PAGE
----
As I came in to London and read the front page of Metro, I could see that Bob Crow was proud of the chaos he brought to Londoners, or at least the chaos he thought he had brought. He proclaimed: “I’m really pleased, it was a solid success. The whole city ground to a halt and the disruption it caused was all over the papers”. Inspiring stuff. One must wonder why he didn’t just hire a bunch of suicide bombers to come into town and repeat 7/7, if he is so interested in this type of headline at the expense of the people that pay for the underground network.
I was caught up in the horror of July 7th back in 2005, travelling on a diverted bus two in front of the one that was blown up by a suicide bomber near Tavistock Square. I will never forget that day, from the chaos in the morning to the eerie silence trapped in a London under siege, broken up only by the sirens of the emergency services.
There were no tubes and, until later in the evening, no buses. Yet, we all knew that it wasn’t a time to moan but to get on with life. We all took to the streets and walked, and walked, and walked. It brought Londoners together, even if people didn’t all suddenly start talking to each other. Everyone was in the same boat. Everyone felt the same; the terrorists would never win.
Last weekend, we remembered the 65th anniversary of the D-Day and the Normandy Landings, another time in history where everyone united together. Perhaps it was a combination of 7/7 and an acceptance that Bob will call for a strike at any time, for any reason, that people are no longer angry in the same way when there’s a strike. People seek alternative transport, take to the streets on foot or even dust off their bicycles – as demonstrated by London streets that looked like the centre of Amsterdam at times.
This time, bosses offered more flexibility to let staff turn up late, or leave early. Some let staff work from home. Many small shops posted notices to say they were adjusting their opening hours for staff, and I’m sure nobody is planning to boycott them over their decision. In fact, most people would respect them and think that this is what they would have done.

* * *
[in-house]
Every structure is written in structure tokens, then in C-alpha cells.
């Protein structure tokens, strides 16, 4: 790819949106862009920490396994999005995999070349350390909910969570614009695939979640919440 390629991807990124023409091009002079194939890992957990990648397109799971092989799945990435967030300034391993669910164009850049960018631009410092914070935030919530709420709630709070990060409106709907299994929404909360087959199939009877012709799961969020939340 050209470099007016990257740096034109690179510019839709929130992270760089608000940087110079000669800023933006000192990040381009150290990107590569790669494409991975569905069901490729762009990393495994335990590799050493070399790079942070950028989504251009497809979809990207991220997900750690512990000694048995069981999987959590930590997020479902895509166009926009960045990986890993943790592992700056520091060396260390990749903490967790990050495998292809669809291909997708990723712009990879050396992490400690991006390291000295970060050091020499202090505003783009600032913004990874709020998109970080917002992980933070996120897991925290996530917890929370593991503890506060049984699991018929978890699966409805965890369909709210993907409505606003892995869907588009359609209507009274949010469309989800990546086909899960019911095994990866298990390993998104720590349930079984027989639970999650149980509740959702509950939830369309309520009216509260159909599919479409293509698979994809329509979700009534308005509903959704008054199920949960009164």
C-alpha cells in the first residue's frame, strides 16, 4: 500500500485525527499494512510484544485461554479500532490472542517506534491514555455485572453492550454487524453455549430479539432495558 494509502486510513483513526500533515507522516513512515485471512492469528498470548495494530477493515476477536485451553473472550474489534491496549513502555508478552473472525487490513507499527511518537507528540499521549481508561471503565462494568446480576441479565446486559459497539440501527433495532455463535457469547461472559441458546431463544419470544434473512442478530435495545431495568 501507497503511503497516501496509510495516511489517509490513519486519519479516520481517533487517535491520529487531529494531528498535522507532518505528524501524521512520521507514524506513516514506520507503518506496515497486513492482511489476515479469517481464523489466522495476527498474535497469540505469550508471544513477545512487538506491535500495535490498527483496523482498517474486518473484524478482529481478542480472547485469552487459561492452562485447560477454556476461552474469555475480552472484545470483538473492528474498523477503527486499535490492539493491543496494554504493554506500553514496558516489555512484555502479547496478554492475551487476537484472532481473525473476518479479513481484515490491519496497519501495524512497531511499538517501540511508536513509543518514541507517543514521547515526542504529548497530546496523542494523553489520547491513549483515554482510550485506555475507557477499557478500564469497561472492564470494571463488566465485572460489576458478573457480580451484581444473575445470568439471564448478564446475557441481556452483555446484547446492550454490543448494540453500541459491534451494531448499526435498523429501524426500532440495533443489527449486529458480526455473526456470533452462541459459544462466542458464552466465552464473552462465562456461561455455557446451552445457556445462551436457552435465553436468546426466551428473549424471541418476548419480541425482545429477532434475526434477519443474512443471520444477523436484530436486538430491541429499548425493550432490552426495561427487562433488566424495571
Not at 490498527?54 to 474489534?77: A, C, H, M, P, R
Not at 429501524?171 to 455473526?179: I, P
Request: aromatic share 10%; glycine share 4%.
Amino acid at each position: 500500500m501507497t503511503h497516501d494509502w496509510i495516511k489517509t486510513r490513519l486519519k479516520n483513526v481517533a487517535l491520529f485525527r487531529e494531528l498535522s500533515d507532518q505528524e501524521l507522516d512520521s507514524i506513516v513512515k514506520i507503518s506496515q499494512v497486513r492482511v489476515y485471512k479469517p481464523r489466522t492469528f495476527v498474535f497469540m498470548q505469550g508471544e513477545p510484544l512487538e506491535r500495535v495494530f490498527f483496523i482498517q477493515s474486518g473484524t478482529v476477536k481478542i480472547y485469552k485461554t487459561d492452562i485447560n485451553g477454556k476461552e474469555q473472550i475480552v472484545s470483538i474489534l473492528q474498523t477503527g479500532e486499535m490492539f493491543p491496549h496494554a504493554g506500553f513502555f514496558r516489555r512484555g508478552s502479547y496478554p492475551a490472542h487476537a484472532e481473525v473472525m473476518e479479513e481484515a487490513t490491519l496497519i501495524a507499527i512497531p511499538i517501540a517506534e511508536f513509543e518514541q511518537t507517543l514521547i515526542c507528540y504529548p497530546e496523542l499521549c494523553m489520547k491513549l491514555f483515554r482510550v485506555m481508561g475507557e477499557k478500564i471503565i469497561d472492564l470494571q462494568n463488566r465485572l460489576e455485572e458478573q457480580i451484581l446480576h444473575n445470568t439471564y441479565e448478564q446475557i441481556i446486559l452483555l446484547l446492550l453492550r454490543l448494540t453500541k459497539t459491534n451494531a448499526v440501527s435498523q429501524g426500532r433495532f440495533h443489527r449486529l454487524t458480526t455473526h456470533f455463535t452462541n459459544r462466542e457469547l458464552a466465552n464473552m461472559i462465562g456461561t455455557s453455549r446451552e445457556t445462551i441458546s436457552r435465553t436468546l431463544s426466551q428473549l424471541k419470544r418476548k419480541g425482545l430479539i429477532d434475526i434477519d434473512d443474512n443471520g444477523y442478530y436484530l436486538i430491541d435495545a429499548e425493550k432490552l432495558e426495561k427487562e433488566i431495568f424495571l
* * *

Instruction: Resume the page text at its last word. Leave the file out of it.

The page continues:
If Bob is trying to secure a 5% payrise for his members, he’s not even going to get support from his own members that can see that, when interest rates are at 0% and people are losing their jobs every day, it’s not the best time to arrogantly hold the capital to ransom for more money. If it’s about protecting all staff against compulsory redundancy then it’s simply not feasible to have such a guarantee in this climate. Nobody can enjoy this luxury anymore – not even politicians.
But it’s more than just a payrise, job security, or moaning about the state of tube trains that are due to be replaced just as quickly as they’re built. The RMT is also looking to protect staff that made dangerous mistakes, like jumping red signals or opening train doors on the wrong side in stations. Some of these drivers then attempted to cover up their actions, rather than own up and take the penalty and obligatory re-training. It’s the covering up that says these people aren’t worth protecting, not the fact that they – like anyone – could make a mistake. Mind you, you only need one mistake to have a disaster.
On the whole, train drivers are worth their money (and, the press like to keep mentioning the fact that they earn around £40k and enjoy free travel for themselves and their family) because they’re not just driving a train, but looking after thousands of passengers every day. They’re paid to deal with the unexpected – and nobody would be having the same argument about an airline pilot. Imagine the outrage if a union tried to strike over an airline pilot that turned up drunk to fly a plane.
For Bob to seemingly look forward to the next strike, he is gradually turning more and more people against him and his union – and probably all unions. He even had the nerve to hint after we won the Olympics that there would probably be strikes on or before it took place. He must be rubbing his hands with glee when thinking about what he can gain by holding the whole world to ransom. If he’s still in charge, that is.
It’s no wonder that even union members are starting to turn against a man that was allegedly telling members how to vote in the recent European elections. It only serves to give ammunition to the people who would like to see the unions outlawed, which would be a disaster for the honest worker that looks for protection and support when unfairly dismissed, bullied in the workplace or made to work in dangerous conditions.
Is Bob in fact working ‘for the man’ and trying to bring down the unions from the inside? If he is, and one day we lose the last bit of protection between ourselves and our employer, we’ll have Bob Crow to thank for it.
The only worrying thing is that Bob can’t understand this. He knows this strike didn’t work, but he will simply assume that repeated strikes will eventually push us to the limit. You can’t reschedule meetings forever, and when the skies open up the thought of walking or cycling won’t be quite as appealing.
And, so, on that basis – this strike wasn’t a success but nor is it over yet.